Unique Candles

Zenaida Lazo Hernández,
Teotitlan del Valle, Oaxaca

Zenaida Lazo Hernández was born in Teotitlan del Valle in 1970. She is a creative woman who loves her work — making beautiful beeswax candles. The candles are laborious and decorated with beautiful flowers, fruits, birds and angels made of the same wax. She learned the trade from his father, Jacinto Lazo, who has been making candles for the church and local holidays in the community for over 40 years.

Zenaida started at the age of 13 to work with wax. She uses a type of wheel made vine that hangs from the ceiling in her home. The thick wicks of cotton of many different sizes are hung from the wheel. The wax is melted in a pan — its original color is yellow. If the wax is placed in the sun, it turns white and for other colors, she adds powdered dyes.

The pan is placed on the floor and she scoops out a cup of wax and pours the liquid over the hanging wicks. She moves the wheel to the next wick and so the operation is repeated as many times as necessary until the required size of the candle is achieved. Another method is to use a tilt wheel which puts the wicks directly into the melted wax.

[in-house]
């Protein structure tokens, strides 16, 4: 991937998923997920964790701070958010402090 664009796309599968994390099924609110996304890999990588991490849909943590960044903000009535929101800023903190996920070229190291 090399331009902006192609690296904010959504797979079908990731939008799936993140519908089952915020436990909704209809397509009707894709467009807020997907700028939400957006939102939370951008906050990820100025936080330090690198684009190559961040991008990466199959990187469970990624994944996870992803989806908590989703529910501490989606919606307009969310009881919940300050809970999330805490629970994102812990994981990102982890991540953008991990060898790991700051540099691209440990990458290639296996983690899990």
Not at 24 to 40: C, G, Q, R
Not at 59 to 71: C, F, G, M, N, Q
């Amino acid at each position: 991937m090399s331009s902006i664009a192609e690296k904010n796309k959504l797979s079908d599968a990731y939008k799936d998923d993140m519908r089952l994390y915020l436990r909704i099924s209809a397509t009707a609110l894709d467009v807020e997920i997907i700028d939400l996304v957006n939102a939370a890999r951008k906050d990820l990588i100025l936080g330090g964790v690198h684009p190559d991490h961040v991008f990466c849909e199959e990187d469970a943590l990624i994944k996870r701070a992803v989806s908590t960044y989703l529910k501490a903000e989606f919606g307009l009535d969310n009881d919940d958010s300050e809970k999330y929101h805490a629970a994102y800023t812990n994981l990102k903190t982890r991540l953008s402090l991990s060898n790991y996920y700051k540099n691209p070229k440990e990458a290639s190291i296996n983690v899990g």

To make the flowers and the different figures that adorn Zenaida's candles, molds are used made of clay or wood. They are with very thin layers of wax. To make figures such as fruit, birds and angels, two molds are used to make each side. Then the hollow center is filled with liquid wax. Immediately she puts a hole in the wax so that it expands away from the mold and can be easily released. Then she places the design in cold water to the wax — it then separates from the mold, leaving the correct shape and size of the design she intends to make.

The flowers are also made in molds with are marked where the petals will be attached. The petals are dipped several times in the liquid wax and then put it in cold water. Using scissors, she then cuts the petals and molds them by hand until the desired shape of the flower is achieved.

Sometimes the designs are glued directly to the hot candle wax and sometimes they are affixed with wire. The final part of the decorative process is adding gold leaf, metallic or tissue paper.

Zenaida's candles adorn the interior of her church. A Oaxacan courting custom is for the intended groom to take the bride's family an adorned candle, flowers and bread in order to secure the hand of his intended bride.

Teotitlan del Valle, Oaxaca